For us, that's right now.

 * * * * * * * * * * * *

Your seeds will want:

southern sunlight or cool-white florescent bulbs

80-85°F soil temp

clean containers with good drainage

a tray in which to keep your seeds

soiless mix = peat 4 parts, vermiclite 4 parts, perlite 1 part - 4:4:1

 * * * * * * * * * * * *

Your seedlings will need it warm and moist, but not wet.

Place a few seeds in each container.

Follow directions on seed packet for depth of planting.

Cover with plastic wrap to help keep from drying out.

Check twice daily and use a mister to gently moisten with warm water.

Do not fertilize.

 * * * * * * * * * * * *

Less heat and more light as seedling emerge and first leaves begin to open.

Now you may mist with half-strength fertilizer.

Remove the weakest seedlings from each pot.

Begin "hardening off" in April.  Gradually let sit outdoors, a couple hours each day.

Thursday, March 24, 2011

Ribbon and Button Bookmark

 We had a snow day.

In the middle of March.

On Tuesday we were coming out of our 7th snowiest winter on record.  We could see parts of our lawn and most of our patio.  There was real excitement in the air.

On Wednesday we had officially reached our 5th snowiest season on record.  We awoke to yet another winter wonderland, everything covered in white.  Our lawn, our patio, our driveway, our road.

We desperately needed a distraction.  The kids had been bored for months and if I had chandeliers, well I'll just say it's good I don't.

I instructed them to leaf through our craft books and find something.  Two of them did.  One will be featured during the Thanksgiving season in November (Cute Paper Squirrel).  Today's post features the other.

The Family Fun website

Today's Ribbon and Button Bookmark is a page that I saved from my Family Fun magazine but can also be found on their website.  It's a simple project for the kids that is something they can do on their own. 

All you need is some ribbon and buttons.  Tacky glue is the best adhesive for children, it's thicker than Elmer's glue and safer than hot glue.  Just cut the ribbon to about 12 in. then decorate both ends to match (or not!).

Each family member got to pick their own book marker at the end of the day

Posted on The Shabby Nest's Frugal Friday 3-26-2011.

Tuesday, March 22, 2011


The ultimate thrift!

  Great 4H project.  Good TV or movie-watching project.  Sure-fire conversation starter.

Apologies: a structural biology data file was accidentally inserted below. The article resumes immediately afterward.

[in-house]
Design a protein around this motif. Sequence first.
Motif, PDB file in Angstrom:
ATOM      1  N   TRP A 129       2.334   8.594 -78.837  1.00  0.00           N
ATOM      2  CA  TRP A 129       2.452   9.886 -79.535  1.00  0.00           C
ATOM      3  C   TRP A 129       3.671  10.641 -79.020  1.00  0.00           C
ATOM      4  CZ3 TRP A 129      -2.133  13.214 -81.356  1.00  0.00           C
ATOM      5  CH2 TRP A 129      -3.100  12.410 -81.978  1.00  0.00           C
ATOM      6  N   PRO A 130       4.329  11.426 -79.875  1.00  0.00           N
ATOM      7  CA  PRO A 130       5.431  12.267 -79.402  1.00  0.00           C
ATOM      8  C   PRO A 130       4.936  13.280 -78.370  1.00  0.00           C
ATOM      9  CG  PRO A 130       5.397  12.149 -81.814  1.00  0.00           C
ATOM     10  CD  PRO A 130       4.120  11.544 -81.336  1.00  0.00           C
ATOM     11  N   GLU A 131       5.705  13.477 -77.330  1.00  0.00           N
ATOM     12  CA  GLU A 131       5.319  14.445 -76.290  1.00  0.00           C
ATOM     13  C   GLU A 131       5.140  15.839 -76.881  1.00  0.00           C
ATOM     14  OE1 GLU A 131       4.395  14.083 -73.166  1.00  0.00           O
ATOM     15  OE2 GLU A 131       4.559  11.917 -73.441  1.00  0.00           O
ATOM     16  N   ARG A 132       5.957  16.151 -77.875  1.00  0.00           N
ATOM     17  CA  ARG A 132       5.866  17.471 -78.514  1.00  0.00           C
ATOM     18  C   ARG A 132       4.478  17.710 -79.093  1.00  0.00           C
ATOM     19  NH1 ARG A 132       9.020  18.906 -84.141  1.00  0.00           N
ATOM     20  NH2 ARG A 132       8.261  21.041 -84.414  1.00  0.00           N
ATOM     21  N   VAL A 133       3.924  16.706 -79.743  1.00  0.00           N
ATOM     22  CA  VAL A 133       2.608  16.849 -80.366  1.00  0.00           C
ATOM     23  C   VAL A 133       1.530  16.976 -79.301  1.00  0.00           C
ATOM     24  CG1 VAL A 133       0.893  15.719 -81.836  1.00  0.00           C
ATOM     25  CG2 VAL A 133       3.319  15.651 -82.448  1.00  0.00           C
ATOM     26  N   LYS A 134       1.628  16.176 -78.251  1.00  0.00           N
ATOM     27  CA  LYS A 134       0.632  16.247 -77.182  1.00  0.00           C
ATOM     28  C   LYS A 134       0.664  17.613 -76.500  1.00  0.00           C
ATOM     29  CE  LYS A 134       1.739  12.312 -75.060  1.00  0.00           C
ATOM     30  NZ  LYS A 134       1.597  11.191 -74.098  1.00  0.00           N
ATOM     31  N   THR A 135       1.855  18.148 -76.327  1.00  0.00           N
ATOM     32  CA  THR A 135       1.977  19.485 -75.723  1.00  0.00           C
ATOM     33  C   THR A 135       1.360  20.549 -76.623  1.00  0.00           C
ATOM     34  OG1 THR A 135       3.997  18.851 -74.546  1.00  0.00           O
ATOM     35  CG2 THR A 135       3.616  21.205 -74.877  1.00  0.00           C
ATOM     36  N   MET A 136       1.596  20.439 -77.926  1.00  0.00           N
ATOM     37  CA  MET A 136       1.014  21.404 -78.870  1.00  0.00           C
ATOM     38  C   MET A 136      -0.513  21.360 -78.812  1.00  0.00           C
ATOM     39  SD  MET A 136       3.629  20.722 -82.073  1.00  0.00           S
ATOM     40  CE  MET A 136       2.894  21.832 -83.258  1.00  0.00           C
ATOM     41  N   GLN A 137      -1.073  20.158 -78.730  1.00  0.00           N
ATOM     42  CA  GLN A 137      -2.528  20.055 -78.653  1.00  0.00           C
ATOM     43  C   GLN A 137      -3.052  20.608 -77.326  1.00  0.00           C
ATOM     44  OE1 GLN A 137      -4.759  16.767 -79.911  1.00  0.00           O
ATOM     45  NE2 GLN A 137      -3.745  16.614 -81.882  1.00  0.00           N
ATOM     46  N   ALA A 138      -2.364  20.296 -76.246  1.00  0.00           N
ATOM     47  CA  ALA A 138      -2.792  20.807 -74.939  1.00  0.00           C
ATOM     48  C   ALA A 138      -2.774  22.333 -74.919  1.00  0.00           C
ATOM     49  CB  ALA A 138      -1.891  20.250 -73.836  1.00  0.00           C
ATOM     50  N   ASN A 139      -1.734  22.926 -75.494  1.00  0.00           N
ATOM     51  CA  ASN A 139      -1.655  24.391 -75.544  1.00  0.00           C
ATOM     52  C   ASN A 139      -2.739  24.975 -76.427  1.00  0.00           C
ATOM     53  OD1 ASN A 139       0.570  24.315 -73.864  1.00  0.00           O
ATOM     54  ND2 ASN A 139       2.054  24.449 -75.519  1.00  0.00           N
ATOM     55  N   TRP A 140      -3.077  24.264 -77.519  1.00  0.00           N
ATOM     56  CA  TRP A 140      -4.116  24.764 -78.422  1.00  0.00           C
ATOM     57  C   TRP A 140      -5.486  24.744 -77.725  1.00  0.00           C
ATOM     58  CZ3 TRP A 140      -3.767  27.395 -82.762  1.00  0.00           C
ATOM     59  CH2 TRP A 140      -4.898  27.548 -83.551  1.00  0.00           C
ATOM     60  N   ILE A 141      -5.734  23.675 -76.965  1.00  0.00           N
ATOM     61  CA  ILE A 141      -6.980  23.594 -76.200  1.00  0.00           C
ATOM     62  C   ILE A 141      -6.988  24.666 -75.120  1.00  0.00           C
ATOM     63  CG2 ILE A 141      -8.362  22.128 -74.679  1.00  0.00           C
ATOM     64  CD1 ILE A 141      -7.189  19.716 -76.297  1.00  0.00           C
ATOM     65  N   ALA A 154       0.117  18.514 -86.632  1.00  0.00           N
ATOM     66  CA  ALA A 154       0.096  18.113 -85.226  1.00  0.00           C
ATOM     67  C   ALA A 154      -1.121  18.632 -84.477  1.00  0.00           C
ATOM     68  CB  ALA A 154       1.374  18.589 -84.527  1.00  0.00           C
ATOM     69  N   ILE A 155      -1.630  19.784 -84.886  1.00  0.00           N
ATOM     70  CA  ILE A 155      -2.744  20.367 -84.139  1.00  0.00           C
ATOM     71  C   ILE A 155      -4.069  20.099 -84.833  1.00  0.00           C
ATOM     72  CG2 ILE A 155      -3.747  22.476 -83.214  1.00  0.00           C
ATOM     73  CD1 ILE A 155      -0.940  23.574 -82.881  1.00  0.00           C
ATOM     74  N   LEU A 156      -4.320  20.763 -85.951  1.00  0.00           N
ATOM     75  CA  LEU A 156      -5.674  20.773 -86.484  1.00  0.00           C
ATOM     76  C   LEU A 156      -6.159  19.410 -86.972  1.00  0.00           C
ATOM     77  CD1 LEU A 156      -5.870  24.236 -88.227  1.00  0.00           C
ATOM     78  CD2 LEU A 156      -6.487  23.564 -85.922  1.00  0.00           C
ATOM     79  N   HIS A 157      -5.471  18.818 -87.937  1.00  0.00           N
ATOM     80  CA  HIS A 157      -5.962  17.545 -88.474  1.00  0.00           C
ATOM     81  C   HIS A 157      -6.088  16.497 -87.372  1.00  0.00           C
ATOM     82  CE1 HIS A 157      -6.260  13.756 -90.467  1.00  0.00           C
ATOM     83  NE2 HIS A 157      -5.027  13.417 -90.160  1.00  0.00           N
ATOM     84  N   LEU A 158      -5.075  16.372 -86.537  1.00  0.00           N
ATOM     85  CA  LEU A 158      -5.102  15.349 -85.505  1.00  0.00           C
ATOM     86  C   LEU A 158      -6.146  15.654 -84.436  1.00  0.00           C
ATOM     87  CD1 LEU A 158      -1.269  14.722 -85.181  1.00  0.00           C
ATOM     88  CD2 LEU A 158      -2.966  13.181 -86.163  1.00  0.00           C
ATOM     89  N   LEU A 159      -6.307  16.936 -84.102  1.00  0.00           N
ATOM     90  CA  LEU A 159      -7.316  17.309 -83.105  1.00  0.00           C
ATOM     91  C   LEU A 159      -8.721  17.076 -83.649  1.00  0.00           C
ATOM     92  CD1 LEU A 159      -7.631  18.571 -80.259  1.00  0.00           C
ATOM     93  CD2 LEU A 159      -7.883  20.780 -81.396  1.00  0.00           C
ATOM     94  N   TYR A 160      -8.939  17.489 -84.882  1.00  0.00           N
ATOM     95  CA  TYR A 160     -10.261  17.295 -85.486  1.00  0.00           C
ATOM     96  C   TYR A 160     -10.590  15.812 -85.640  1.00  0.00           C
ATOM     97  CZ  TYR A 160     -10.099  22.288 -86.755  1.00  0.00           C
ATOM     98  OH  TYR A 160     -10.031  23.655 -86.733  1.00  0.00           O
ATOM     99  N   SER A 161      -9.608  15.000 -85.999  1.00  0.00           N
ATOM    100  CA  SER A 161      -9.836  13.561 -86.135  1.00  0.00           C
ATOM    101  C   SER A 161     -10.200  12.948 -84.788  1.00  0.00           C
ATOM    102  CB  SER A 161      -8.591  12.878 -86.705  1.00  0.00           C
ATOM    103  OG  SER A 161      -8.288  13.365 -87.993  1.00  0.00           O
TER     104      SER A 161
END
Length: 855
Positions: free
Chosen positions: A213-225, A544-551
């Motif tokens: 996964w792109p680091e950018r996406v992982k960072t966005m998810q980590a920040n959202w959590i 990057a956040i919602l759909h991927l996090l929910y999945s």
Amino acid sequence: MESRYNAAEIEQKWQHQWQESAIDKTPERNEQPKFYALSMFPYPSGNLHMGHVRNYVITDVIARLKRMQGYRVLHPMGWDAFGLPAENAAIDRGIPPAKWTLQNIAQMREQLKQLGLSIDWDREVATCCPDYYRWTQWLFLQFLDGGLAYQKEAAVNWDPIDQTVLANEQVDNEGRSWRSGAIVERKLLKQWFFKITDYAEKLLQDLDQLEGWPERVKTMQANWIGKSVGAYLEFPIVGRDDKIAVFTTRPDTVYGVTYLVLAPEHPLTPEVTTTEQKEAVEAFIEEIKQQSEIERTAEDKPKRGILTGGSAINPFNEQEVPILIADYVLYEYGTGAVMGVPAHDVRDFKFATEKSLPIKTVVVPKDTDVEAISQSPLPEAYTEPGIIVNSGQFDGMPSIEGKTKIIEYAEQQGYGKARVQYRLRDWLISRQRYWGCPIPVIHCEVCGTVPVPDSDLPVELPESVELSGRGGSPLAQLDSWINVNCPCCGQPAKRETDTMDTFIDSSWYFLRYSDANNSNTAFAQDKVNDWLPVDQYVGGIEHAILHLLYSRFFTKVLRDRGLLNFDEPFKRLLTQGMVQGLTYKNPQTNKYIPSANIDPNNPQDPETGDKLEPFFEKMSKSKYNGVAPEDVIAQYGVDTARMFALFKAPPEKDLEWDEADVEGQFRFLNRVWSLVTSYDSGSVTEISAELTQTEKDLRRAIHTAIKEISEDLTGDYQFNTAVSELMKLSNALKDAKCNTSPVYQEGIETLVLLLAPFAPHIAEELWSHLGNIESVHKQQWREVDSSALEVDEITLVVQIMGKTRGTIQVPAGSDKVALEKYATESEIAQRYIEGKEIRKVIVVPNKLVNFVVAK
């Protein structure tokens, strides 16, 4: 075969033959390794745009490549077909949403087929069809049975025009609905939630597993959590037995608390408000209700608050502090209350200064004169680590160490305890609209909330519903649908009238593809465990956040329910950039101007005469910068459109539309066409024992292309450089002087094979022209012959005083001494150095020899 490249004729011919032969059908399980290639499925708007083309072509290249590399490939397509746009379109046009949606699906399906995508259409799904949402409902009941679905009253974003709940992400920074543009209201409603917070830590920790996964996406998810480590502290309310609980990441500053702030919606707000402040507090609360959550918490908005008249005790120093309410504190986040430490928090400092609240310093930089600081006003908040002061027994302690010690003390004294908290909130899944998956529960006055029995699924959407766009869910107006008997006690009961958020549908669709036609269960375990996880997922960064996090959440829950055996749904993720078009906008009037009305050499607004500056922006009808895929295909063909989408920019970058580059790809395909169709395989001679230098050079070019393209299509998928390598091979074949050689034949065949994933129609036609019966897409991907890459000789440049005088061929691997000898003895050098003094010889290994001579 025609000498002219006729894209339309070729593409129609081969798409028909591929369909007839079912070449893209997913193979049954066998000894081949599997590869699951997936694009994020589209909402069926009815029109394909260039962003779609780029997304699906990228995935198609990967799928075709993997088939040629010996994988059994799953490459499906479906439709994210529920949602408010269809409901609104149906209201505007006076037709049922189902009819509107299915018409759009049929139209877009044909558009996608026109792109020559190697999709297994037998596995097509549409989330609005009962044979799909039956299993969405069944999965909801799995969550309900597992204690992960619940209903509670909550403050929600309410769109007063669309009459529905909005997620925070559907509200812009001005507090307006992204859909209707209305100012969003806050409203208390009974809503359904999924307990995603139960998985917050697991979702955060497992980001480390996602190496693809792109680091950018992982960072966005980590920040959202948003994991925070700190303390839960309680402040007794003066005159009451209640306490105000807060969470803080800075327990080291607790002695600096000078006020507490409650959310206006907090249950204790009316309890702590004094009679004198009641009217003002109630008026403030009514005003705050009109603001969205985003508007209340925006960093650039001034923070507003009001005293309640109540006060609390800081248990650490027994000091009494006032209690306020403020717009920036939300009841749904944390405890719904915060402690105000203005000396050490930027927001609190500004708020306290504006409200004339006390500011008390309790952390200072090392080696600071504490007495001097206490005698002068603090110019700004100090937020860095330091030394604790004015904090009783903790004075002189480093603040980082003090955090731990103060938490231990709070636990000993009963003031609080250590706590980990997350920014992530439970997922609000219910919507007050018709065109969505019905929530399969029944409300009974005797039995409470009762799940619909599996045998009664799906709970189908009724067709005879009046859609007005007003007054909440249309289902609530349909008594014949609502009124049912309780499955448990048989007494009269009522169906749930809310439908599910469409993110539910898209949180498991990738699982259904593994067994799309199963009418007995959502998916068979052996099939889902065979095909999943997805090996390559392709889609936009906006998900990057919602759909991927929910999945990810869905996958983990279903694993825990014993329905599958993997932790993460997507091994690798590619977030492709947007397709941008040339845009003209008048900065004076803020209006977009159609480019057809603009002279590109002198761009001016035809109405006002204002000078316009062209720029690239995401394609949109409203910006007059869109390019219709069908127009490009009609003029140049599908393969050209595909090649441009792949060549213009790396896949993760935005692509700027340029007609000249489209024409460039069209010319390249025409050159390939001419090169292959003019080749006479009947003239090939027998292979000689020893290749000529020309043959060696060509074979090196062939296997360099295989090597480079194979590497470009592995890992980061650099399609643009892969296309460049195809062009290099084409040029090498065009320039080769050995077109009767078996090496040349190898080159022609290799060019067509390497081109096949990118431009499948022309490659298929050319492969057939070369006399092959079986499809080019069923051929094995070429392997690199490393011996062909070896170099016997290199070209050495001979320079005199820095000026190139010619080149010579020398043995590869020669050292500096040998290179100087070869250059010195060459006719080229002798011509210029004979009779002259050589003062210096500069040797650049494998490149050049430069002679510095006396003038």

All you need is scissors, a jumbo crochet hook or jumbo knitting needles, and...

plastic bags.

There are LOTS of ideas and patterns to be found on the www.

Plastic Bags

Cuts cross-ways into strips

Plarn cutting instructions
Plarn balls rolled up

Crocheting plarn

Knitting plarn

Plarn bag

Plarn bag with denim lining and denim belt for strap

Plarn basket, knit into punched holes of plastic base

Plarn basket, with coiled bottom

Plarn rug

Plarn tote with button

Plarn scrubbies

Lining of a plarn bag

Plarn place mat

Plarn tutu

Plarn sandals

The sky is the limit!  Happy plarning!

sewing tips

Debbie at Squiggly Twigs Designs offers a pattern-saving tip.  This would work wonderfully with our larger-sized patterns to preserve them for longer use. 

I love her comment about not spending money on a "one use tool."  A very good point.

Gigi from Behind the Seams shares lots of helpful hints for sewing the perfect top stitch.  Straight and even, professional-looking stitches.  From the size and width of your presser foot to the length of your stitch, she covers everything you need to know in a quick, easy read with lots of photos.

We all know about pinking shears, but Emily from Oliver + s goes one step further.  It's frustrating to work with fabrics that fray too easily.  Your left wondering if your stitching will even hold.  I was impressed with her advice to take that extra step to pink, then stitch down the seam allowance.  Simple genius. 

Mary Ray, a contributor at Threads Magazine reminds us that the way we trim our fabric can make a big difference.  From grading to avoid a visible ridge, to notching for a perfect corner. 

I've found myself forgetting this rule while looking at a bunchy corner.  It's discouraging to find that you need to go back a step.

Happy sewing!

About Me

My photo
As long as I'm on this journey, rambling through life's exhilarating highs and trudging heavily amongst it's incapacitating lows, I might as well share whatever may be gleaned from my little bits of wisdom and my many missteps. No room for judgment from this broken mama. I'm writing from my heart: raw, open, messy, but saved. And I'm still thanking God!